Marie Dautry says the recent events have allowed her to have good discussions with her son.
DAUTRY: Je veux que Charlie Hebdo ait le droit de faire ça, parce que si Charlie Hebdo n’a pas le droit de faire ça, de faire les caricatures… ça veut dire que nous nous avons plus le droit de faire grand chose dans nos eglises.
[TRANSLATION: I want Charlie Hebdo to have the right to do that, because if Charlie Hebdo does not have that right, to publish caricatures, that means that we no longer have the right to do much in our churches.]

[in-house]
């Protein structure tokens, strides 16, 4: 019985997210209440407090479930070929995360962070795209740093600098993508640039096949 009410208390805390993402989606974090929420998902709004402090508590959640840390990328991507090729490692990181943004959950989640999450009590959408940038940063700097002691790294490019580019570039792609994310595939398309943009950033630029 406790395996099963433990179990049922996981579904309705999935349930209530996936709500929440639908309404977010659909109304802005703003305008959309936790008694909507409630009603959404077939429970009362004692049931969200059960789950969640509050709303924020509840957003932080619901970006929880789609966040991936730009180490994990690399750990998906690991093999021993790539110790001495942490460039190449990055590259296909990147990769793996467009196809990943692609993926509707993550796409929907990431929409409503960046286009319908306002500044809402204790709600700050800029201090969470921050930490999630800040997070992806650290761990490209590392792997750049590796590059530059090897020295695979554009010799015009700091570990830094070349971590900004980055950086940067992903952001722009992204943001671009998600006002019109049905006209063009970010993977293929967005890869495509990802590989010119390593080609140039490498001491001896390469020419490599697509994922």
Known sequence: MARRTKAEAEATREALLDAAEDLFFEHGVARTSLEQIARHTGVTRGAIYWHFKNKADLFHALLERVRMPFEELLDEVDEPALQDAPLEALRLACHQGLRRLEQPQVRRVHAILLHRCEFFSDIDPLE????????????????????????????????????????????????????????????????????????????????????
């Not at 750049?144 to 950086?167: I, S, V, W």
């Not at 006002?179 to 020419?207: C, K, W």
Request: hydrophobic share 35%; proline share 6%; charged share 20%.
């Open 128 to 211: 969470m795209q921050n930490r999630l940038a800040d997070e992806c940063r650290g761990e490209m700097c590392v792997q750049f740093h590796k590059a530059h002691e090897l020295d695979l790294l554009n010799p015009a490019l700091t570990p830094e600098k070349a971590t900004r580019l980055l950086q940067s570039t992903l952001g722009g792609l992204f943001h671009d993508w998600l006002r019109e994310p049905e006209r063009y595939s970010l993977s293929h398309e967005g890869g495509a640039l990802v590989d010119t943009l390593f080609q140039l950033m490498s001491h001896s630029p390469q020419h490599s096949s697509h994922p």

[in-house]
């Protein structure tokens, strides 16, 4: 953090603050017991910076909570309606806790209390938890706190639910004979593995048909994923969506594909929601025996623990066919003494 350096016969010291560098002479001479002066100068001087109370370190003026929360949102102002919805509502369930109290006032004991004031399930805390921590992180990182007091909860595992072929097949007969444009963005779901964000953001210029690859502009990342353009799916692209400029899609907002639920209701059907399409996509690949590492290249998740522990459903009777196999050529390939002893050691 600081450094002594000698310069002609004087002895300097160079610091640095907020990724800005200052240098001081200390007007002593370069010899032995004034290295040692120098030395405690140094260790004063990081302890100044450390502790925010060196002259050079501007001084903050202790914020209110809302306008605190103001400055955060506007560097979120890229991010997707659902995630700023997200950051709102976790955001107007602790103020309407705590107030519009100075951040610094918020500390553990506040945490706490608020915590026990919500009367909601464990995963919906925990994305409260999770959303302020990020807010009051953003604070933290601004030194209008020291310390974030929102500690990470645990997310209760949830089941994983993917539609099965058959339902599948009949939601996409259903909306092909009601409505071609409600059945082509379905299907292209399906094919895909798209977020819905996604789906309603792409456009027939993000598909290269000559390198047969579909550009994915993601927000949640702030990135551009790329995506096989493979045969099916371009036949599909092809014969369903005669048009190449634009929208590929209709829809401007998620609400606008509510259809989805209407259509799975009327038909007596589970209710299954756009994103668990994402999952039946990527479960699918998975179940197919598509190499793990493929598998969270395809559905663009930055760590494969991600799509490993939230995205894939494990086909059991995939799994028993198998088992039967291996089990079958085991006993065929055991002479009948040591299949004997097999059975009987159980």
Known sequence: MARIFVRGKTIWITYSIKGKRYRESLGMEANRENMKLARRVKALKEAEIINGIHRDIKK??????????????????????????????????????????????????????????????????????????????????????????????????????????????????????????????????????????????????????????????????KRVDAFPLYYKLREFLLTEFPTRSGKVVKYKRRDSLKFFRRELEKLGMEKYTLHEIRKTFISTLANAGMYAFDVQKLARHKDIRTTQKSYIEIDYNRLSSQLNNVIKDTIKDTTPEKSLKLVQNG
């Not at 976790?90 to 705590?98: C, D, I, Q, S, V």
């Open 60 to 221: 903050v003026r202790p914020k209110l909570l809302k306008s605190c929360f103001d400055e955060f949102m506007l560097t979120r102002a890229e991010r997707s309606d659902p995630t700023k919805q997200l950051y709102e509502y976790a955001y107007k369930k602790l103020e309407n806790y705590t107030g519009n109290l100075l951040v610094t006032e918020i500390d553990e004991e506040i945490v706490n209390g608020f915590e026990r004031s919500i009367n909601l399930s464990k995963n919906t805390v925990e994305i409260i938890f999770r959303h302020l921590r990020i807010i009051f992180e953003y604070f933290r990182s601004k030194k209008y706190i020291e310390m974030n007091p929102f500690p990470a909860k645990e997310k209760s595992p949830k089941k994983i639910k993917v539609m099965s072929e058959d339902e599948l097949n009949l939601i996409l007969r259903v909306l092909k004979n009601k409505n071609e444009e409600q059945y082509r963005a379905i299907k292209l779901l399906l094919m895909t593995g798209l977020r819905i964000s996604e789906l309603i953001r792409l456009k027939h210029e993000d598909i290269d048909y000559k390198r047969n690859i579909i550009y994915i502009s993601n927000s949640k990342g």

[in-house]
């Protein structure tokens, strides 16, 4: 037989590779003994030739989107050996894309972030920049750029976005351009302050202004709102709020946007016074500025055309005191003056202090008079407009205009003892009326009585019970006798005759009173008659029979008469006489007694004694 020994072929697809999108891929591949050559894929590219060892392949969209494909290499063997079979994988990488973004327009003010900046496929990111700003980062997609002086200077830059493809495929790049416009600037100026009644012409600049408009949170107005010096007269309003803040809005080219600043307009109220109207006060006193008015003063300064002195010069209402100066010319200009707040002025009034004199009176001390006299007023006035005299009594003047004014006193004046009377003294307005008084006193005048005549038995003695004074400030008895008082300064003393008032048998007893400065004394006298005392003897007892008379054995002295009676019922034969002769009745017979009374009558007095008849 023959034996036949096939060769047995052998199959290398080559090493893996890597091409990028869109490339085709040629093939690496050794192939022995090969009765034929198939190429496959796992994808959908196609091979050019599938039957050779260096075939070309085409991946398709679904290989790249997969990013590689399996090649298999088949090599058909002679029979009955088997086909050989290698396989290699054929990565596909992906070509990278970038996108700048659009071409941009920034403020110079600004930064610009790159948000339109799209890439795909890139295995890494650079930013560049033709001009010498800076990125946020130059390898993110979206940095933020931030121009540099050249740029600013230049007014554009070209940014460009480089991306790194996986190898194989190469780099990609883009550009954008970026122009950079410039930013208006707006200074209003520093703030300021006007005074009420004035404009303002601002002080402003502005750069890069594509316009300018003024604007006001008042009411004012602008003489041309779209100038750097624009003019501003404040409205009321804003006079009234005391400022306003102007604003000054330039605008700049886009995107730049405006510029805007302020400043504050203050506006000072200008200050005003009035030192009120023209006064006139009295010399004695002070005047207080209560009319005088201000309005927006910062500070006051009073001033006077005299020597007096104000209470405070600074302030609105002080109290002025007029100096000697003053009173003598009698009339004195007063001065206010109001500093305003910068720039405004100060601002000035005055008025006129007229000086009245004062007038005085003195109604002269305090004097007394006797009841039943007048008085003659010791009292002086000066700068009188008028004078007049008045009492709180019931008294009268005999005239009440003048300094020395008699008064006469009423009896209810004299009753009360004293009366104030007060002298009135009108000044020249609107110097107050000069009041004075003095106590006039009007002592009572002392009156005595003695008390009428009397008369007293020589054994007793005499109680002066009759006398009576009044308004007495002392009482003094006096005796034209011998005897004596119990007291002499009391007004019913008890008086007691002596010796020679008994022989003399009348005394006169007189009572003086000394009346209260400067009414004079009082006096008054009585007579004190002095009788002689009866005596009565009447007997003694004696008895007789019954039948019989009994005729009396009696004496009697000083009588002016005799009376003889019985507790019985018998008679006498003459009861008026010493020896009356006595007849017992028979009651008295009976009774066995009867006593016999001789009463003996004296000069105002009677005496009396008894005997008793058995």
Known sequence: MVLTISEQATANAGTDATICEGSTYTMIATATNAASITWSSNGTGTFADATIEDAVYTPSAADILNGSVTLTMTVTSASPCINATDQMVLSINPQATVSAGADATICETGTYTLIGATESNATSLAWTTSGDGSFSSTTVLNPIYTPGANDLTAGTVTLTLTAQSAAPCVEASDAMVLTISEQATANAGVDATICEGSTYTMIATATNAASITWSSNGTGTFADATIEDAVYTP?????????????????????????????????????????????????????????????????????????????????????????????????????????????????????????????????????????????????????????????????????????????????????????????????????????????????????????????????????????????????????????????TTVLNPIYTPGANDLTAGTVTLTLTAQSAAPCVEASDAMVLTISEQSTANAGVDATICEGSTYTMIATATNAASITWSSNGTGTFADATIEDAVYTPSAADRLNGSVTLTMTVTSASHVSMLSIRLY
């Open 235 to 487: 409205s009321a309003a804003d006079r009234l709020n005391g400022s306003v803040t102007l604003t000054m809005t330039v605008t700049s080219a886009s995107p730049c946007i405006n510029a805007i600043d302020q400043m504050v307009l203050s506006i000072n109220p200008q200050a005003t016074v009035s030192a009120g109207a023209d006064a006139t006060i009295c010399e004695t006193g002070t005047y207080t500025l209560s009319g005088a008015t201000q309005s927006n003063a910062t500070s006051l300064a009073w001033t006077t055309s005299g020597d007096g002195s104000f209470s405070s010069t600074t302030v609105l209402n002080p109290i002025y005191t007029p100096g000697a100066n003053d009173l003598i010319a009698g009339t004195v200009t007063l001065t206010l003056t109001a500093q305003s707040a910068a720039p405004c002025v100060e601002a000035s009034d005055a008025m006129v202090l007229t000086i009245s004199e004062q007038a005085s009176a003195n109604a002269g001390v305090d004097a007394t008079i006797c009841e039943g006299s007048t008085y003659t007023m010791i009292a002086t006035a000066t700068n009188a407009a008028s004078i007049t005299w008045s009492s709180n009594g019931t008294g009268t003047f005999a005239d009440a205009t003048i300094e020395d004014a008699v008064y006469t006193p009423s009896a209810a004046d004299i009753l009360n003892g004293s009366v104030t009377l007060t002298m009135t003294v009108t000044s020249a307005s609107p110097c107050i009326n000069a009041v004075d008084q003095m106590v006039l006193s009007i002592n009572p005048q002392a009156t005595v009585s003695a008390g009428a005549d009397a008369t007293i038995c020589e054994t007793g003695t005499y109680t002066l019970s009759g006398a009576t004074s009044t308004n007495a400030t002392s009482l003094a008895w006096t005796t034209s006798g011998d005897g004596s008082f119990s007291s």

And those discussions have led to deeper reflection on where freedom of expression comes from.
DAUTRY: J’ai vraiment le sentiment que Dieu fonctionne comme ça avec nous. En fait, Dieu nous laisse vraiment libre de faire ce qu’on veut. Et on peut faire des caricatures de Jésus et puis revenir vers Jésus et lui demander pardon, et être son enfant, être un enfant de Dieu. Et du coup je me dis, Dieu nous laisse réellement libre. Pourquoi est-ce que je souhaiterais que l’État nous prive d’une liberté que Dieu nous accorde en fait.
[TRANSLATION: It really seems this is how God is with us. God leaves us free to do what we want. And we can make caricatures that mock Jesus and then come back to Jesus, ask his forgiveness and be a child of God. And so I think, God gives us real freedom. Why would I want the state to deprive us of a freedom that God gives us?]
Reporting for WORLD, I’m Jenny Lind Schmitt in Delle, France.